457 Visa Restrictions

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Restrictions on a 457 visa vs permanent residence

1. You can only work for your sponsoring employer. You are forbidden to have any secondary employment. If you are laid off, you have 28 days to find a new employer (plus sponsor) or leave Australia.

2. School fees in NSW (and possibly some other states - you need to check) - AUD4.5k per child per year. QLD does not have these fees.

3. With the new citizenship rules, the first three years counts towards citizenship (the requirement is four years, three as a permanent or temporary resident, then one as permanent).

4. Children born to you in Australia will not be Australian citizens by birth.

5. Your spouse will have unrestricted work rights but will find it hard to get career-orientated jobs as employers usually prefer citizens/PRs

6. Your children will be treated as "overseas students" if they go to university in Australia. If you are from the UK they may be treated as 'overseas students' back in the UK too unless they meet a 3 year residence requirement, even if British citizens. You need to check this in detail.

7. As your children get older (especially once they turn 18), it may be harder to include them in a permanent visa application. They could end up having to go home once deemed "independent" even if the rest of the family gets permanent residence

8. You will face FIRB restrictions on buying property. To buy an established property, FIRB will ausually grant approval as long as you more than 12 months remaining on the visa.

9. No eligibility for Medicare, other than limited reciprocal healthcare schemes for some nationalities. Health insurance will be more expensive. Once you apply for a PR visa you are normally eligible for Medicare.

10. No entitlement to social security or welfare benefits. This includes benefits paid to mothers of new babies, and things like the first home buyers grant.

11. No automatic entitlement to permanent residence (PR). Bear in mind the usual problem is that the employer won't sponsor for PR. Not can't - won't. You must also bear in mind that a death, illness or divorce/separation before PR is granted could leave some or all family members in a very difficult visa situation.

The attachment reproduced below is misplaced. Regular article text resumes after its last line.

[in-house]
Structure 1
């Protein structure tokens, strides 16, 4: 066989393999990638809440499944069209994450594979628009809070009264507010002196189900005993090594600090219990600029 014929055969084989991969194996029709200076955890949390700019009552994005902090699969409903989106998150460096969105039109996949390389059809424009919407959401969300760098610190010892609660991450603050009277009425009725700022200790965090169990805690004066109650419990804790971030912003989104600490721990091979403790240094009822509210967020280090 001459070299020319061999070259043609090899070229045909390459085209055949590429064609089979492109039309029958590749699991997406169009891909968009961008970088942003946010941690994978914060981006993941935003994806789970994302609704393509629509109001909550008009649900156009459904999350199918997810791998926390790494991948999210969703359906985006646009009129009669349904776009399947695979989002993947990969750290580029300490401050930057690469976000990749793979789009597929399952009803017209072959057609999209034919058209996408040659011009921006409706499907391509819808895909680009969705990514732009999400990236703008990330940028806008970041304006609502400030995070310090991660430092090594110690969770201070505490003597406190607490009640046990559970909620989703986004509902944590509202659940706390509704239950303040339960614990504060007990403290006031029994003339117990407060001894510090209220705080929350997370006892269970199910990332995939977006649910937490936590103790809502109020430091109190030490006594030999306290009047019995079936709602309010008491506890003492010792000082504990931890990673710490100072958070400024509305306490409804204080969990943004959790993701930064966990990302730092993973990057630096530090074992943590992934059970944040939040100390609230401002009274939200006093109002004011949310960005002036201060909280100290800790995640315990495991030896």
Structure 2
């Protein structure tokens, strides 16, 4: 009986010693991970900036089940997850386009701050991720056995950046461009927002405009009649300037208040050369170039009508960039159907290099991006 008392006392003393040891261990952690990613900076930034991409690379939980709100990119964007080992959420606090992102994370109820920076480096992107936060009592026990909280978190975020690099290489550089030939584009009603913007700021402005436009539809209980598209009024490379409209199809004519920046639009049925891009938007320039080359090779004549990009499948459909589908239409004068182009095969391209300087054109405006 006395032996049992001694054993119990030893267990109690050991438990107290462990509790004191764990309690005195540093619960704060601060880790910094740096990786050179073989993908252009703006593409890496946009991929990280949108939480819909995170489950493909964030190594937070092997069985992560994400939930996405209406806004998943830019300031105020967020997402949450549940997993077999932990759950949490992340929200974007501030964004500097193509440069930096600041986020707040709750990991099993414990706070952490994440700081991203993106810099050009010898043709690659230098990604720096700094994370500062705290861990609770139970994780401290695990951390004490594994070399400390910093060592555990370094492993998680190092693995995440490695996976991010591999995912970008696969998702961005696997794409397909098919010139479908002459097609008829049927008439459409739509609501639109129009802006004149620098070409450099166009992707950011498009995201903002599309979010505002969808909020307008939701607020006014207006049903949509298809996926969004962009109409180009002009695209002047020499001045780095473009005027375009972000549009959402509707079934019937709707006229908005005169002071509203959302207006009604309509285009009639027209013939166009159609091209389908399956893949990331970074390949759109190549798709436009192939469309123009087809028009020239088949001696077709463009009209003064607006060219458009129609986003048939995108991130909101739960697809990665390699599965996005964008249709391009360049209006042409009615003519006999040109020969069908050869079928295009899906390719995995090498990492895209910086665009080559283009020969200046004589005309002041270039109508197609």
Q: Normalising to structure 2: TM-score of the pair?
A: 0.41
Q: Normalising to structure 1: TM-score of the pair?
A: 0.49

12. Some professions and occupations (eg migration agent) are closed to those without permanent residence.

13. You cannot sponsor relatives for permanent residence or sign an Assurance of Support for migration purposes.

14. There is no legal bar on obtaining credit (eg loans, credit cards) but you will likely find it harder to get one without permanent status.

15. In some states, such as New South Wales, you will have to wait a period of time to get a driving licence and its validity will be restricted.

Benefits of the 457:

15. Although in general 457 holders pay the same taxes as Australians (for little or no benefit) there are a few tax breaks available to temporary residents. The most notable one is Living Away from Home Allowance (LAFHA). However this must be negotiated as part of your salary package and is under threat as soon as you apply for a permanent visa. The same goes for the other temporary resident tax exemptions. Most 457 holders (other than those who are expatriates employed by multinationals, who are in a different situation to most) believe that the tax concessions do not compensate for the limited rights they have compared to permanent residents. Note: Under Government proposals from 1 July 2006, most 457 visa holders will not be assessed for tax on non-Australian source income. However this will only benefit those with significant investments overseas.

16. 457 visa holders are eligible to recover their superannuation (less tax) when they leave Australia

Information originally posted in this thread.